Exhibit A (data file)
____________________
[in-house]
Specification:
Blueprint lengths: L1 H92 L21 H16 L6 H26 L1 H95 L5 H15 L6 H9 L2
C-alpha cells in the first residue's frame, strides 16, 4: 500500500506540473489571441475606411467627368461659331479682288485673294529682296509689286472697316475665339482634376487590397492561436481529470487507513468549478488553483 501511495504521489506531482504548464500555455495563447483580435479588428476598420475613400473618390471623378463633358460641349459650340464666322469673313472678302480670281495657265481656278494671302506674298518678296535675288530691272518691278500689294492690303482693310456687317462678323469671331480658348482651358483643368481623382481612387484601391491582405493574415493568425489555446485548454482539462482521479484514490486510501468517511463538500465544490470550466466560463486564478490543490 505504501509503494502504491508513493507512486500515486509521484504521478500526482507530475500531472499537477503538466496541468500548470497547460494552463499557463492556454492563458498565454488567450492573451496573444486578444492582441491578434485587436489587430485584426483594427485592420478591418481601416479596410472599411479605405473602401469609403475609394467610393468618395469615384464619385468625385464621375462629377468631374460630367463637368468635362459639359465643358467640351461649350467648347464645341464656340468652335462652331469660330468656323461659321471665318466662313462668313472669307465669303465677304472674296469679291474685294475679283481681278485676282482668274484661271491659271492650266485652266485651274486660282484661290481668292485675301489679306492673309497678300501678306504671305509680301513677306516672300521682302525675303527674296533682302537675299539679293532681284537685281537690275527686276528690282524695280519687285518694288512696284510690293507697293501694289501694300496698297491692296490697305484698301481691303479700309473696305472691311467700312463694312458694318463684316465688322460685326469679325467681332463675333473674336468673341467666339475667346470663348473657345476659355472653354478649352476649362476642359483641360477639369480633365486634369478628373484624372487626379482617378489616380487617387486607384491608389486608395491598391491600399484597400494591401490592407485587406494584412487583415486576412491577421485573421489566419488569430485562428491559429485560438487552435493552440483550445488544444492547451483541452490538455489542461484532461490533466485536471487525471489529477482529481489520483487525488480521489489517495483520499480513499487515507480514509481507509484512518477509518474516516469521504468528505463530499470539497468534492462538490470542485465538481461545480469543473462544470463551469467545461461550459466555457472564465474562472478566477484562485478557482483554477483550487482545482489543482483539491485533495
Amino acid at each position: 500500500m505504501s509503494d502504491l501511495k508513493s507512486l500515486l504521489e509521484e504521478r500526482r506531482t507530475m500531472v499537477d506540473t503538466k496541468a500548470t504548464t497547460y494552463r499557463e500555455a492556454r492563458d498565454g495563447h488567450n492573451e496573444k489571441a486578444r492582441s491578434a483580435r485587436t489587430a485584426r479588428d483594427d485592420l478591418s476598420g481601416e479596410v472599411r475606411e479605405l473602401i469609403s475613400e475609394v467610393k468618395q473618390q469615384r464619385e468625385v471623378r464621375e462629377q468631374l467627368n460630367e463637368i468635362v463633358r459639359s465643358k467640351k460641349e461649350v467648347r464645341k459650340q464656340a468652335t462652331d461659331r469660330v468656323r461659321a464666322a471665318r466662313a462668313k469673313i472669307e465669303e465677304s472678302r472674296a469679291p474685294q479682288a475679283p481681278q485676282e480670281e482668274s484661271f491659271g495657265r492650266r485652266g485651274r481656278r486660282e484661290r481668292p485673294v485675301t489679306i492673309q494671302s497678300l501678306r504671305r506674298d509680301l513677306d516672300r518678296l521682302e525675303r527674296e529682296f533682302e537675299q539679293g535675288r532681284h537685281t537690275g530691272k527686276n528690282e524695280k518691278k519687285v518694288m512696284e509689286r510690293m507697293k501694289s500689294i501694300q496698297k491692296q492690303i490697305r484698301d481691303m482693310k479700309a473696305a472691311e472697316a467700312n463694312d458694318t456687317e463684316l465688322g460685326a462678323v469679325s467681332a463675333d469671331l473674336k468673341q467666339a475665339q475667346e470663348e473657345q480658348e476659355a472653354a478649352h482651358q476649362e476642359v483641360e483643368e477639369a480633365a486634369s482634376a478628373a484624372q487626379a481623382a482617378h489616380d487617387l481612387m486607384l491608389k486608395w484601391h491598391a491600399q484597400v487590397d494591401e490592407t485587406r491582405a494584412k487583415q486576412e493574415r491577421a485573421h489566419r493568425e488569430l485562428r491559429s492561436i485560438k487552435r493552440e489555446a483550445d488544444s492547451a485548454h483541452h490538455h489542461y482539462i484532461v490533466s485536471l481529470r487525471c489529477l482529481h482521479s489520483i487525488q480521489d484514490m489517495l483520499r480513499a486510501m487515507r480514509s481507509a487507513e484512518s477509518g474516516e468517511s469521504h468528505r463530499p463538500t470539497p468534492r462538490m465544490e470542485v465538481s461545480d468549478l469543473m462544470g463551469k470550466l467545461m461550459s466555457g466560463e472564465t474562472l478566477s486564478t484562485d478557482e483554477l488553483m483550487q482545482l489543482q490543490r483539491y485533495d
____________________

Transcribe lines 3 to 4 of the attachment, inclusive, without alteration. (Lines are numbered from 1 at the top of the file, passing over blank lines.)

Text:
Blueprint lengths: L1 H92 L21 H16 L6 H26 L1 H95 L5 H15 L6 H9 L2
C-alpha cells in the first residue's frame, strides 16, 4: 500500500506540473489571441475606411467627368461659331479682288485673294529682296509689286472697316475665339482634376487590397492561436481529470487507513468549478488553483 501511495504521489506531482504548464500555455495563447483580435479588428476598420475613400473618390471623378463633358460641349459650340464666322469673313472678302480670281495657265481656278494671302506674298518678296535675288530691272518691278500689294492690303482693310456687317462678323469671331480658348482651358483643368481623382481612387484601391491582405493574415493568425489555446485548454482539462482521479484514490486510501468517511463538500465544490470550466466560463486564478490543490 505504501509503494502504491508513493507512486500515486509521484504521478500526482507530475500531472499537477503538466496541468500548470497547460494552463499557463492556454492563458498565454488567450492573451496573444486578444492582441491578434485587436489587430485584426483594427485592420478591418481601416479596410472599411479605405473602401469609403475609394467610393468618395469615384464619385468625385464621375462629377468631374460630367463637368468635362459639359465643358467640351461649350467648347464645341464656340468652335462652331469660330468656323461659321471665318466662313462668313472669307465669303465677304472674296469679291474685294475679283481681278485676282482668274484661271491659271492650266485652266485651274486660282484661290481668292485675301489679306492673309497678300501678306504671305509680301513677306516672300521682302525675303527674296533682302537675299539679293532681284537685281537690275527686276528690282524695280519687285518694288512696284510690293507697293501694289501694300496698297491692296490697305484698301481691303479700309473696305472691311467700312463694312458694318463684316465688322460685326469679325467681332463675333473674336468673341467666339475667346470663348473657345476659355472653354478649352476649362476642359483641360477639369480633365486634369478628373484624372487626379482617378489616380487617387486607384491608389486608395491598391491600399484597400494591401490592407485587406494584412487583415486576412491577421485573421489566419488569430485562428491559429485560438487552435493552440483550445488544444492547451483541452490538455489542461484532461490533466485536471487525471489529477482529481489520483487525488480521489489517495483520499480513499487515507480514509481507509484512518477509518474516516469521504468528505463530499470539497468534492462538490470542485465538481461545480469543473462544470463551469467545461461550459466555457472564465474562472478566477484562485478557482483554477483550487482545482489543482483539491485533495